Have been waiting a long long time to play this. It's super violent, you get covered in blood the longer its been since you've saved, which is nice. Also it treats violence the way Bioshock does, with you questioning your role in the ecosystem by putting you up against evocative enemies: priests, mobs with torches, werewolf ppl, etc.
This game has "punishing and rewarding" combat which relies heavily on timing. Sadly it also relies on a drip-feed of healing potions which are sometimes sparse, sometimes plentiful, and because they drop randomly from enemies, it makes me feel like often my deaths are from a lack of grinding.
There's more to be said about the potions plenty/scarcity; sometimes you have to play survival horror, sometimes you can bloodily tank + massacre everyone. But there's no grease on the ropes here, to buy xtra potions you have to sit through 2 loading screens.
It's the loading screens which are the issue I guess.
Limbo & Inside
"Inside" is miles ahead of "Limbo", for being a playable cutscene. Streaming this for my buds Angus and Corey was really fun bc they were so pulled in.
"Inside" manages to achieve a lot with landscapes, and also with NPCs, and also sometimes with puzzles and also sometimes with hazards. The evocative mystery elements are pretty good. Maybe there's something lacking; but both "Limbo" and "Inside" aren't really into being complete messages as much as impressionistic depictions.
Made more sense to me, felt that more poignant, when I heard the creator has a degenerative (?) heart condition which the story in this game is broadly a metaphor for. Otherwise it just seems like stock imagery, narrative wise, a black goo monster/sickness.
I played to the simple end, but uhh... it's an appealing game with great combat, and it should have all the appeal of the mystery of its ruins-filled world, but something's missing for me... genuine inspired elements like decayed frozen titan hanging off side of zelda mountain, these seems underused... deeper story about genetic modification kinda ends up being about generic monsters in tanks.
What's really cool, tho, is the ambiguity provided by the HUD elements. Due to the diegetic cnxns between the avatar and the data presented to the player, mostly routed thru a little floating homonculus, it seems as if yr player character may actually be in a virtual reality themselves. This is supported by the dataish way segments of the floor keep popping in and out; but I really like that homonculus...
A short walking-simulatorish game which has 1-3 cool bizarre moments and one very cool facial rendering technique. This is a good case to ask whether or not a short, surrealist, and boring game does enough. In my experience it was a pretty intriguing setup with a very small payoff.
You run around and eat/be eaten, with a lot of depth resting in an organic balance between predators, prey animals, spears, plants, etc. which deeply rewards experimentation and improvisation.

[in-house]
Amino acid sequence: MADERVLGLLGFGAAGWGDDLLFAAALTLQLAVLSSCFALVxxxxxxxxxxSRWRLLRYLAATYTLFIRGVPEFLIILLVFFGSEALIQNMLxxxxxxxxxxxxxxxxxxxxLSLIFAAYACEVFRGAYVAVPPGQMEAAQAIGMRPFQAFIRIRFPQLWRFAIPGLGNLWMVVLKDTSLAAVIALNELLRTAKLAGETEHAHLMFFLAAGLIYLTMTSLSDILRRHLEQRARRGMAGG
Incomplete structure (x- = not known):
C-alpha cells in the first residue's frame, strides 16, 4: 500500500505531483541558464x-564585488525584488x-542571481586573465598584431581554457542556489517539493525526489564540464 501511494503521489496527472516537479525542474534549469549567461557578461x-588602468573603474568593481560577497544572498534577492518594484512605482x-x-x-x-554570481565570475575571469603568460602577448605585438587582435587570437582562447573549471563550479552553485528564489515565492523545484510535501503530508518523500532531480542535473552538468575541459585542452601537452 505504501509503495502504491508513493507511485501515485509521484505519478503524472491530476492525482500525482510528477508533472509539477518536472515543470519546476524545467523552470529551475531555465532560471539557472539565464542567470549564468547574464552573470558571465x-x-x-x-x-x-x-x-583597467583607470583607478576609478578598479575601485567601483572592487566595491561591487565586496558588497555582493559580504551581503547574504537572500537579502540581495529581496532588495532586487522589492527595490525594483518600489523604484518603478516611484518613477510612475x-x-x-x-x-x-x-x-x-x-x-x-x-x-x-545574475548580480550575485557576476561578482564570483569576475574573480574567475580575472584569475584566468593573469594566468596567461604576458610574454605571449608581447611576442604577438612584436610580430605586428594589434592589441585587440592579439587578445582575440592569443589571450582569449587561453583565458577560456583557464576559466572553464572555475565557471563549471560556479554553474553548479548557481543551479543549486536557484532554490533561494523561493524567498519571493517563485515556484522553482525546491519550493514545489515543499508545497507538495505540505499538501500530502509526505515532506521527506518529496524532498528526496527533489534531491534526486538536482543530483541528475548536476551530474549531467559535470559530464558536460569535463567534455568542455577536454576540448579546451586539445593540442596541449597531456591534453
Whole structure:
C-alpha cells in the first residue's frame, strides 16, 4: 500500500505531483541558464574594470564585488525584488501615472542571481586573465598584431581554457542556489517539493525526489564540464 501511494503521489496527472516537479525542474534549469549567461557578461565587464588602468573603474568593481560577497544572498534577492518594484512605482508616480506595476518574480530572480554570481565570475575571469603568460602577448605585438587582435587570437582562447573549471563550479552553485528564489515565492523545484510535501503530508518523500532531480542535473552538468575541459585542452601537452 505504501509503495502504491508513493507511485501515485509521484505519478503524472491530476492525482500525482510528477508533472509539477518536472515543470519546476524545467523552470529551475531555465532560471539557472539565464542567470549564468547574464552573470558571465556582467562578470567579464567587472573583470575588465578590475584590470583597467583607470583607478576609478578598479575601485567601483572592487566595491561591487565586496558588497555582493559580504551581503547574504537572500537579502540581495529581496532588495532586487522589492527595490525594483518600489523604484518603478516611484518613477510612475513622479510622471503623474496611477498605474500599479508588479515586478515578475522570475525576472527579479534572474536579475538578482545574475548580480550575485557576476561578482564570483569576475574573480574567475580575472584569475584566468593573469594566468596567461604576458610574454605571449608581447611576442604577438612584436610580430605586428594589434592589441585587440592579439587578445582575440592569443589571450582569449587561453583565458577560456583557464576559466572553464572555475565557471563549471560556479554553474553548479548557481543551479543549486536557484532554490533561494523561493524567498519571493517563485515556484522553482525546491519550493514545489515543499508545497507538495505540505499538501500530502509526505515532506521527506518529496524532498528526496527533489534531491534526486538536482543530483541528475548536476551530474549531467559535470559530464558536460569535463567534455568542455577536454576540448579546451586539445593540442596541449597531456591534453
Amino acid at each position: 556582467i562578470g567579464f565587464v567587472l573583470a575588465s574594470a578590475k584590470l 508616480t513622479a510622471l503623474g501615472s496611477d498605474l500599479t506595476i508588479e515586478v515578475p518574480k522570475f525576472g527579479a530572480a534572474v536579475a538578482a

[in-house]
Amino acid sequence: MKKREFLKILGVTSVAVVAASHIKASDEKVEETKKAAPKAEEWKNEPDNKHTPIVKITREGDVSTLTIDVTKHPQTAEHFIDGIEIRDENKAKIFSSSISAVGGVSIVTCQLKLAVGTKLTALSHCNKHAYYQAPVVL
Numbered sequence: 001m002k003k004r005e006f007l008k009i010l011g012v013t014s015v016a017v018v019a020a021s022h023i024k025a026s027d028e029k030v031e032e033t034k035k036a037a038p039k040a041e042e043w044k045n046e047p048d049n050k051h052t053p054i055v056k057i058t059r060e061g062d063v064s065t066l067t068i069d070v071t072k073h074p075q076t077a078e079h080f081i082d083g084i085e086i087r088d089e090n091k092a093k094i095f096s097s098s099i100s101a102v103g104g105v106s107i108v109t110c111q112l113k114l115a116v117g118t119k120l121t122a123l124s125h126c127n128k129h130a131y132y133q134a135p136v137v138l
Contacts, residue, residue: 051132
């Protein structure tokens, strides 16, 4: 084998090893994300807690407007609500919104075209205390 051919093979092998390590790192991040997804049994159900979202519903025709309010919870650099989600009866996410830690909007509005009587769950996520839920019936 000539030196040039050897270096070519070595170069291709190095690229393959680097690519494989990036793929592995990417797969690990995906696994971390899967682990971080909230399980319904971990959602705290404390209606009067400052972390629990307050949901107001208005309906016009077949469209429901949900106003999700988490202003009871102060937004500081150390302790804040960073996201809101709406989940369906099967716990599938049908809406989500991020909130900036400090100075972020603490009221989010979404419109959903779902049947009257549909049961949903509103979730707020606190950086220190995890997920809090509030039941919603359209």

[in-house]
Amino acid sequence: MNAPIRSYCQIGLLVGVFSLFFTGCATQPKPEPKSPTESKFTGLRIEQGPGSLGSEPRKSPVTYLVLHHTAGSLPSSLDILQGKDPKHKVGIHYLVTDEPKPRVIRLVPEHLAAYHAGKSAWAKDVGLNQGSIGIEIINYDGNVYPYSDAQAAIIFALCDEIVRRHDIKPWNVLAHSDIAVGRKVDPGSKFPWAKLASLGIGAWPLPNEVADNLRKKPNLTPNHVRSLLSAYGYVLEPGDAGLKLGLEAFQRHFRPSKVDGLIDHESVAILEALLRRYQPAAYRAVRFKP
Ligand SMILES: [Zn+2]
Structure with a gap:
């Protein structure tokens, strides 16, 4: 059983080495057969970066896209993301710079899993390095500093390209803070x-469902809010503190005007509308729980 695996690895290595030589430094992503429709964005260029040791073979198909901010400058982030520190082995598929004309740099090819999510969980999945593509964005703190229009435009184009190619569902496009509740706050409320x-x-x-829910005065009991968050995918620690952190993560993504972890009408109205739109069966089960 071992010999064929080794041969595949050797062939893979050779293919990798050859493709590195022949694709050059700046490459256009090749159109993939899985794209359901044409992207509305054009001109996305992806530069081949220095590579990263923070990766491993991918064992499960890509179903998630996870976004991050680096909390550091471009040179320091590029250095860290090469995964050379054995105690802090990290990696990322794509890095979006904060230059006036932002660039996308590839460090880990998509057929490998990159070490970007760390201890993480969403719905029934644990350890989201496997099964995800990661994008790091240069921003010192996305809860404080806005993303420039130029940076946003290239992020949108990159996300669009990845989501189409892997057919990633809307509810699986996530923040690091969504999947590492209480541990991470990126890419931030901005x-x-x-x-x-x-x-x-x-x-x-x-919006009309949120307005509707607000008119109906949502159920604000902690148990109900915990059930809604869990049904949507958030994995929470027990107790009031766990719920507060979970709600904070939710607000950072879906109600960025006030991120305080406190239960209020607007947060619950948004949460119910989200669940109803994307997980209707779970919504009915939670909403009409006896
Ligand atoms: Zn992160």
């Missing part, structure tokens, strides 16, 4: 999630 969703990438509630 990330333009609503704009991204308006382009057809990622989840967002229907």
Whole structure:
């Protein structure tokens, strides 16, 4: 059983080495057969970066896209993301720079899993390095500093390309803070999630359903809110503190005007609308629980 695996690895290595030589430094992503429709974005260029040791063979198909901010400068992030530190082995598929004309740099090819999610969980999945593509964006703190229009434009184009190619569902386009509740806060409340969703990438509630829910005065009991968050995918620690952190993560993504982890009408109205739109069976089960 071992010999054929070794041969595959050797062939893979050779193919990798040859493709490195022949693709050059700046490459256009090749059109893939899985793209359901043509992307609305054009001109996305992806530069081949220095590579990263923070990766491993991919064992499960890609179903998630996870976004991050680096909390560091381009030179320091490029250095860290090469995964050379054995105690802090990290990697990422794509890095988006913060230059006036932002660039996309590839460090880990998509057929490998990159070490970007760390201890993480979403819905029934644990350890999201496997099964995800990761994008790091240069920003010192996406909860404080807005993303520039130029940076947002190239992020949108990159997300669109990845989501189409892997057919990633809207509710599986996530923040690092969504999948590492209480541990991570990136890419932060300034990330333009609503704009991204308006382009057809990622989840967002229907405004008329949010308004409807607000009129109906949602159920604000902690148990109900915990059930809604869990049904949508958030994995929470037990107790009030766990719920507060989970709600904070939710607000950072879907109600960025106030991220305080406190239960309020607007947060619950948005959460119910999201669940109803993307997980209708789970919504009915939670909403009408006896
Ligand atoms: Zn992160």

I am not sure if I am crazy about the save/death system. You need to survive a certain number of saves (meaning: trips between save points) for certain doors to unlock. It seems to encourage an organic form of exploration: you need to survive to explore more. Dark Souls however had a tighter sense of rhthym, more arcade-y, this is a little loose and wobbly. That being said it's stylish and I need more time to analyze its effects, I have no idea how big this game is.
Condemned: Criminal Origins
May have been innovative in ps2 days, this game is the quintessence of a "beat up homeless" simulator. It doesn't shy away, in the enemy design at least, from realism tho, so there's something to be said for the horror therein.
I stopped playing when I got to the bit where you meet up with your radio contact, who turns out to be a horrifically reskinned version of the player model, who is an anxious timid italian man (the player is an italian man, the radio contact is a middle aged black women with glasses).
Baba is you
Certain level of unwritten rules in this game, like "text can't overlap with other text". The whole game is based on writing rules to solve sokoban puzzles, so occasionally the unwritten rules throw a wrench in the gears.
That being said this is such a perfect puzzle game, if so because it takes very little for granted, all objects have only pictoral value and are assigned meaning via on-screen puzzle pieces. The arrangement of the non-negotiable rules-pieces can make aesthetic flourishes, like a good layout in a magazine:
|The rules outside the walls cannot be changed, but they are pretty.|
The Enigma Machine
Fun to chat with this thing, albeit its cyber horror leanings are too archetypal.
Binding of Isaac
The music is actually quality, drops and serious beats, and the visual aesthetics are original... The whole theme is child abuse. Like horror/comedy.
Gameplay after years of playing still holds up. =randomly and slowly lvling a more and more fucked over kid, with v. serious and lovely endgame aspirations. A warm and generous skinner flash classic.